Anchorman 2 (Film Review)

Anchorman 2 (Film Review)

A person has to dig pretty deeply in the history of comedies to find an instance where the sequel is as good as the original, not terrible, or even watchable.

Considering more recent attempts to continue a comedy franchise have not been good. Think how much of a photocopy The Hangover Part II was compared to the fantastic original. It was impossible to even eke out a laugh there, because we had actually seen each of the gags before. How about something a little more distant, like Ace Ventura 2? It should make us pretty worried about how the sequel to Dumb & Dumber is going to end up. Probably not good, despite how much we may still love the original for its amazing stupidity and fun.

anchor3Which brings us to Anchorman 2. There is more to the title, something about the legend continuing, but who really cares. This film is absolutely terrible. The first version of the story of Ron Burgundy became a bit of a cult-classic, a highly quotable film with some humour that was not completely run-of-the-mill. It was not a purely slapstick film, but made its fame on its weirdness, which made it so great.

Cut to the second installment. There is an impressive array of repeated jokes from the first one, so if you feel like hearing/seeing them again, but with ageing actors performing them, here you go. Need another round of jazz flute? Check. Maybe some more (now more purposefully attempted to be random) “catchphrases” from Burgundy? There is an endless supply, like they just threw them in there wherever there was the slightest pause in the dialogue. Maybe you didn’t think Brick was odd enough, and thought his adorable quirkiness from the first film needed to be blown up into full-on psychosis, to the point where he isn’t funny, but just a sad attempt to get laughs? Definitely check on that one. Ron Burgundy warming up before going on air? Yup. Making mistakes on air? Of course.

Even the greatest scene from the original, the battle between the networks and their news teams, had to be perfectly recreated. Sure, it gives us a chance to see a ton of cameos, with the likes of Will Smith, Tina Fey and Amy Poehler, Liam Neeson, Jim Carey, Marion Cotillard (seriously? She is a tremendous actress, what was she doing here?), John C. Reilly, and others showing up. But by that point, we just don’t care anymore. We have seen the fight before, and it was funny, and original, and ridiculous. In Anchorman 2, it was lame, over-wrought, and worthless to the plot.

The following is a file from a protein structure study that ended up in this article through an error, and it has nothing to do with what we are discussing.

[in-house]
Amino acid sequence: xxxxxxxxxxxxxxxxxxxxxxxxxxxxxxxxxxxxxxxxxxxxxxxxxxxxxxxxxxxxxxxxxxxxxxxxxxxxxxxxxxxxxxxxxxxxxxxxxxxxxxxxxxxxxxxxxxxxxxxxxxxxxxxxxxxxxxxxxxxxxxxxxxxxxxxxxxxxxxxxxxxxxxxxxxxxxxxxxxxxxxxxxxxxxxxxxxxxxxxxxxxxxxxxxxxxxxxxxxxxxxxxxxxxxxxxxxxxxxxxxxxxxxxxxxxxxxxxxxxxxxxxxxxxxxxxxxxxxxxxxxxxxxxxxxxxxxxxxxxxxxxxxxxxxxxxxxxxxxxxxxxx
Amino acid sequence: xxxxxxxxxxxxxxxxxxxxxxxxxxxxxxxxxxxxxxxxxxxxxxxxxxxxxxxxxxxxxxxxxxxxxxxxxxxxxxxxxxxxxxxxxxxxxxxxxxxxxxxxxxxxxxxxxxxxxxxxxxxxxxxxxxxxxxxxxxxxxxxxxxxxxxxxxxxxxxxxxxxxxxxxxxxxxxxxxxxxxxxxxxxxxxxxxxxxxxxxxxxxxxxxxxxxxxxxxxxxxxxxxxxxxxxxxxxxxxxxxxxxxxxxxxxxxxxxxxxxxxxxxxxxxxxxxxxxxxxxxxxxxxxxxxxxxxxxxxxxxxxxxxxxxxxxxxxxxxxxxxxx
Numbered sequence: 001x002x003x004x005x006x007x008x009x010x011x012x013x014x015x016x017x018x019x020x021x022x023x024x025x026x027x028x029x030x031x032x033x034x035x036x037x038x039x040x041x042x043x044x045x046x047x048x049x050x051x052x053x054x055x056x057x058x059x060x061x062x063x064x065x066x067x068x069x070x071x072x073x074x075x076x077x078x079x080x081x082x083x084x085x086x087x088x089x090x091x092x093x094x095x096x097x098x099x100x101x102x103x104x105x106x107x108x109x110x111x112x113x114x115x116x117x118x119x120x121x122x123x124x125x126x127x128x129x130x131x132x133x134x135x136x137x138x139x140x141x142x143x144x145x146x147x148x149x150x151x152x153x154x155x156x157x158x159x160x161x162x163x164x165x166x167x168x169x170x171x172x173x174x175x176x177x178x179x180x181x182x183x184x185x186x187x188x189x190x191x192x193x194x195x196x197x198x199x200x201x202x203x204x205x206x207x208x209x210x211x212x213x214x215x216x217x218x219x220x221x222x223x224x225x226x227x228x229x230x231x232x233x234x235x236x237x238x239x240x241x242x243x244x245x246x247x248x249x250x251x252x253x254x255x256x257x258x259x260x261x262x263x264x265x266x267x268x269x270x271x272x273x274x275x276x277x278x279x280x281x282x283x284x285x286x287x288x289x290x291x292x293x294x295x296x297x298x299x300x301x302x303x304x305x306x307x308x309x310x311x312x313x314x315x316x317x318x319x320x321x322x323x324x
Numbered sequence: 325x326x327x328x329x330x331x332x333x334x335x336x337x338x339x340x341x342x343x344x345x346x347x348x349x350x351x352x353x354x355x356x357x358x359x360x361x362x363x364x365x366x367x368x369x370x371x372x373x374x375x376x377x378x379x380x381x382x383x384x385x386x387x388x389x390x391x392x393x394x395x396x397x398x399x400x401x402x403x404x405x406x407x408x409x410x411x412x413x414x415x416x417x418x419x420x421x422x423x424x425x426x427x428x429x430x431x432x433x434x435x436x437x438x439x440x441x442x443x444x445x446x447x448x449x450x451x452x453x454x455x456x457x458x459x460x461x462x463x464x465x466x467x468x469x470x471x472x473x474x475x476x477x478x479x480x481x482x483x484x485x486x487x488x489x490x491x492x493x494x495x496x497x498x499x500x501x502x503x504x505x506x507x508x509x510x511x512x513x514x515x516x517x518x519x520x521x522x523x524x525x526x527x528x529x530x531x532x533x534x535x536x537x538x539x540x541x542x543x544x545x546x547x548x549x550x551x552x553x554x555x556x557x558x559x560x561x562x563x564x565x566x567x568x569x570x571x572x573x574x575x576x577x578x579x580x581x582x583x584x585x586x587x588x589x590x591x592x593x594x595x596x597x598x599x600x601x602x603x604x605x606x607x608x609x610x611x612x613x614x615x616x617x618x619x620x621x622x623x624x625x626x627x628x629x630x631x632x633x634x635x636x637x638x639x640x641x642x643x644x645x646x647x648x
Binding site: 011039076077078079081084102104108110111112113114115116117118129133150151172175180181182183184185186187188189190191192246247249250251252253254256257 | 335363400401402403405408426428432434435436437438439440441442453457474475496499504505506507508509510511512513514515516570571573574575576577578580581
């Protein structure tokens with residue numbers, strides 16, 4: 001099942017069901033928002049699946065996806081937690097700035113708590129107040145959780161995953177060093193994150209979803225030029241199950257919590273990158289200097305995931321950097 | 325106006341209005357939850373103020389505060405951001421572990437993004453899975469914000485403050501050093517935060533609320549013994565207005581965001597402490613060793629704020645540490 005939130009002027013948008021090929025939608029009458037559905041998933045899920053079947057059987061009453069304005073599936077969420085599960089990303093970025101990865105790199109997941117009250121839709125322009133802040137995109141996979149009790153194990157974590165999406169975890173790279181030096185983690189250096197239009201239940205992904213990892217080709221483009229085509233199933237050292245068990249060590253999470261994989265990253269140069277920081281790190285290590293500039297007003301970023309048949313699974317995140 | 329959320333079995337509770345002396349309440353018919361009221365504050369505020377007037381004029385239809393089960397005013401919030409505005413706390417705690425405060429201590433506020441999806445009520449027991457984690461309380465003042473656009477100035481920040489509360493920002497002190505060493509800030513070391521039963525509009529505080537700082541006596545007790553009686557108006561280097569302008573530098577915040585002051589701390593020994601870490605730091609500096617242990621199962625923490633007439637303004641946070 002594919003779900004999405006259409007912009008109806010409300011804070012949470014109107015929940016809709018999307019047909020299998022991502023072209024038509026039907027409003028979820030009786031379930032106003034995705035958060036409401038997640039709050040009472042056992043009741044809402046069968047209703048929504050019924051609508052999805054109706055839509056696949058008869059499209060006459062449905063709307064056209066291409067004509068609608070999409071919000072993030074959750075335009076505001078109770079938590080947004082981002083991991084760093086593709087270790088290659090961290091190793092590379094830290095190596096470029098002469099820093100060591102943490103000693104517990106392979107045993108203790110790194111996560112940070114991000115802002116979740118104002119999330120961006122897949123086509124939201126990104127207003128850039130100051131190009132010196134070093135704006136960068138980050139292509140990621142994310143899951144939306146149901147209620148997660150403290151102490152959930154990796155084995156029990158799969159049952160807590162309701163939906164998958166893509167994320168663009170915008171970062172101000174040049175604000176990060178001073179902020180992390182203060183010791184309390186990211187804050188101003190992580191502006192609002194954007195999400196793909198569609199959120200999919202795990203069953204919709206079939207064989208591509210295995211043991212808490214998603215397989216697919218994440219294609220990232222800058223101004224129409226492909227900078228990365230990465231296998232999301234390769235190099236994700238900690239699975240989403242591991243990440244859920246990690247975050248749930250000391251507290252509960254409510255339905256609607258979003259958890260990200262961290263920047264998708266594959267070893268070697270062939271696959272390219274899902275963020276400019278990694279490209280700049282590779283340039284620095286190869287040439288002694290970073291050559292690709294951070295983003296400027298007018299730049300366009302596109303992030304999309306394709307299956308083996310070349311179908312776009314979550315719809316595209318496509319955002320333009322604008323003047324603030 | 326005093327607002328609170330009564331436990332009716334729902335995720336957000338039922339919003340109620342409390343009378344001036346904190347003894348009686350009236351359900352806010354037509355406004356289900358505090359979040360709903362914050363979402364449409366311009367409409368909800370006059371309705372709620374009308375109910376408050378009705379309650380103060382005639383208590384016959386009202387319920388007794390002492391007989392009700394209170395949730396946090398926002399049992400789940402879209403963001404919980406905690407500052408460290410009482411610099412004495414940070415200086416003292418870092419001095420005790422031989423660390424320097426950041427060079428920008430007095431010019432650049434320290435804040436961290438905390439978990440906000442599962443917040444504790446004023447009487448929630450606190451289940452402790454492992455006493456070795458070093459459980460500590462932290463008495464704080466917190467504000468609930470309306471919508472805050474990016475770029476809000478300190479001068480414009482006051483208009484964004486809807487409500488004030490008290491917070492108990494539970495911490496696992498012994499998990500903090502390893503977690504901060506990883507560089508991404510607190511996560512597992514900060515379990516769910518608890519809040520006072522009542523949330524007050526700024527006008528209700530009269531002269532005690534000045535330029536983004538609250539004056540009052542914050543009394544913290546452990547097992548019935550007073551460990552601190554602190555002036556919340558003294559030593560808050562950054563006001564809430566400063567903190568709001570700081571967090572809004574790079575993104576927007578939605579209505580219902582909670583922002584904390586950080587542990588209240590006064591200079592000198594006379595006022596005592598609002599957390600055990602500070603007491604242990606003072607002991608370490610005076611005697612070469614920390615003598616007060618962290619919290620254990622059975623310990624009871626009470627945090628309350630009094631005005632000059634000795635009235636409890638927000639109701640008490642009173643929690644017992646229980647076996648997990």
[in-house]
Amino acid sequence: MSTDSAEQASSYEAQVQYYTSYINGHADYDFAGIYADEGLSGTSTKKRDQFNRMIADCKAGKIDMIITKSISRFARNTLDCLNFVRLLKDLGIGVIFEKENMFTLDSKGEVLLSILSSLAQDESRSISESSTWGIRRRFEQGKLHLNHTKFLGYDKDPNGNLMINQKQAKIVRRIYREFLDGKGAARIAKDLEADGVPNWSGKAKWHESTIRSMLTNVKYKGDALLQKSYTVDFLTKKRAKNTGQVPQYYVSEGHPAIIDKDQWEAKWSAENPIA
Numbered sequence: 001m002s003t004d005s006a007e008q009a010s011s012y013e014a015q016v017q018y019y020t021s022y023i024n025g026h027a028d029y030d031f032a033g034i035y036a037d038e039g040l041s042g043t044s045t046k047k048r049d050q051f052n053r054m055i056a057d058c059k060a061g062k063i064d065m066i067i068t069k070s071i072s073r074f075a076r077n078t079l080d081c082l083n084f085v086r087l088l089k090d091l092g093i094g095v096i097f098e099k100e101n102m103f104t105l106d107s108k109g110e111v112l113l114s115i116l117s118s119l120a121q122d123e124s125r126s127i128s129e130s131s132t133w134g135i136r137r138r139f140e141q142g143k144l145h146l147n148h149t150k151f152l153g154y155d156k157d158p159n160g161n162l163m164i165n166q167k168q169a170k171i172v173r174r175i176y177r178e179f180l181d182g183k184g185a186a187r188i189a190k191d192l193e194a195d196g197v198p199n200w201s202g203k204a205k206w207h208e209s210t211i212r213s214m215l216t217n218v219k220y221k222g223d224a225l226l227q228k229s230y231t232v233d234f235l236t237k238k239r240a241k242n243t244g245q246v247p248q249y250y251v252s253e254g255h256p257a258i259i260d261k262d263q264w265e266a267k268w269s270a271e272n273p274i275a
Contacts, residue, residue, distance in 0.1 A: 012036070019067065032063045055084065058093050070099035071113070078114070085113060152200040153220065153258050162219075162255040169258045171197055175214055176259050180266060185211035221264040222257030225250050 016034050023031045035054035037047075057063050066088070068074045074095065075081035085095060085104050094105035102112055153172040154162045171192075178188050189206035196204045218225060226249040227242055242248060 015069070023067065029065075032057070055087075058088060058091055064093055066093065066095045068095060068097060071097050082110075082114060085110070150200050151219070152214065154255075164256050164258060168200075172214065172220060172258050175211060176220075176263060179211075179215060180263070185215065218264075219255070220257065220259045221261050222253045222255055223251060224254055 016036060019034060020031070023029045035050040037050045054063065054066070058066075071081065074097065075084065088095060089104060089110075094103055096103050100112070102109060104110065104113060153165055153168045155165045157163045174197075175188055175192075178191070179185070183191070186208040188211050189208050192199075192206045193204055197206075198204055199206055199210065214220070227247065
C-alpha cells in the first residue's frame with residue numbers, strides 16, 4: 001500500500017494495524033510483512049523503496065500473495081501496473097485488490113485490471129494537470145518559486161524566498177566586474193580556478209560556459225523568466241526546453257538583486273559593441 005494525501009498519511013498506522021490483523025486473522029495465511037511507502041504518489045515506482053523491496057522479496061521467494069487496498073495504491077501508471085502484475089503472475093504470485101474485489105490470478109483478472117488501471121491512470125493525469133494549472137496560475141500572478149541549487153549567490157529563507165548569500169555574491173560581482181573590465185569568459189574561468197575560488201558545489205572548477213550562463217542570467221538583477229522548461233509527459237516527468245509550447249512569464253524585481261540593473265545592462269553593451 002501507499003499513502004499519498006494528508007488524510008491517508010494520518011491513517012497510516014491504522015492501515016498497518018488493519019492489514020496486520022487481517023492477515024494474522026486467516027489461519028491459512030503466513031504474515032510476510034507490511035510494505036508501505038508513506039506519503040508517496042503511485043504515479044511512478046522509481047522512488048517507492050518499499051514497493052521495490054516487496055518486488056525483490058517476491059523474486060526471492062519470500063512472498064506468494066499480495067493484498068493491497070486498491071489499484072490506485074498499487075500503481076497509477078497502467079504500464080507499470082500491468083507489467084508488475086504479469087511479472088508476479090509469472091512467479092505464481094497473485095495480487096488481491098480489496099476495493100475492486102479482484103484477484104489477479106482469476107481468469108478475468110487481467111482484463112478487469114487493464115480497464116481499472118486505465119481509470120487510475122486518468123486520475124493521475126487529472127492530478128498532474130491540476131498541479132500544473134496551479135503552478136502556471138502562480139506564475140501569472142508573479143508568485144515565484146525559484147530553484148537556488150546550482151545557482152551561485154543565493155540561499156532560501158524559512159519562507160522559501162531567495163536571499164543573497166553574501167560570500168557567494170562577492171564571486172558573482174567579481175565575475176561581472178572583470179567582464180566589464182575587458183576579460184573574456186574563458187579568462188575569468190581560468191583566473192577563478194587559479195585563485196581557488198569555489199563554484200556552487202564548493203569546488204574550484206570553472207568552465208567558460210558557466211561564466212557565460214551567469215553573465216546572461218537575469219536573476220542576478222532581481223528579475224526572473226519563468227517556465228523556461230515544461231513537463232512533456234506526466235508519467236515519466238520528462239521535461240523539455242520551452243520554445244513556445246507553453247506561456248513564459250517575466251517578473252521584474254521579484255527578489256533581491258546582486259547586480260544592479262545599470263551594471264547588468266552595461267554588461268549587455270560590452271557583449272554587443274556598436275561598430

I have long said that Will Ferrell should not get to star in his movies. He was always much better, and far funnier, in small, secondary roles. Let Vince Vaughn run a movie, and have Ferrell as the best friend or something. That works. His lines are funny when you hear a few of them per film. But here, he is unleashed, and it is truly terrible. By the end of the film, his acting becomes increasingly putrid, and we even grow to despise the famous Ron Burgundy voice. In this film, he is definitely more of a lead actor, whereas in the first one, there was definitely more time taken up by the secondary characters. They are cheated a little bit here, as the focus is more on Ron, and the consistent over-acting of Ferrell. Yes, I realize that this is a comedy role, and a silly one at that, and that I shouldn’t critique the acting, but seriously…watch it. He is bad. And annoying.

The only slightly redeeming part of this film, and something they completely underused, was Paul Rudd. I like that guy. He makes me laugh. But he only had a few lines. And they were the only ones that could even elicit a snicker from me while watching it. The rest, was pretty much garbage.

anchor2Oh, I forgot to mention the pretty racist stuff that goes on as well. Sure, Burgundy’s womanizing ways of the first film were funny, but in this one, where his new boss is a black woman, it gets pretty uncomfortable with the racism. Not funny uncomfortable, just odd, misplaced, and in poor taste.

It is not a mistake that I haven’t mentioned the plot of this film. Simply put, it is abjectly terrible. I get the idea of the new news network, and the changing of the media at the time. Okay, go with it. Maybe they could have something intelligent to say, a running commentary below the surface…no. Ron needs to go blind instead. And raise a shark as a pet. And sing a silly song. All of this happens.

I don’t normally hate movies. I either love them, like them, or am indifferent to them. But I really hated Anchorman 2. The fact that it is nearly two hours long, and that I watched all two hours of it, makes me angry.

We, as fans of the first film, shouldn’t have expected anything from this movie. It was, after all, a sequel to a comedy, which never works out well. But the complete disregard they put into the making of the film comes across as a money grab, which makes me feel bad about making the first one such a hit.

Anchorman 2 is garbage. Even though it is now on Netflix, and free, I’d still skip it. Keep quoting the first one, because there is nothing of value here in the second.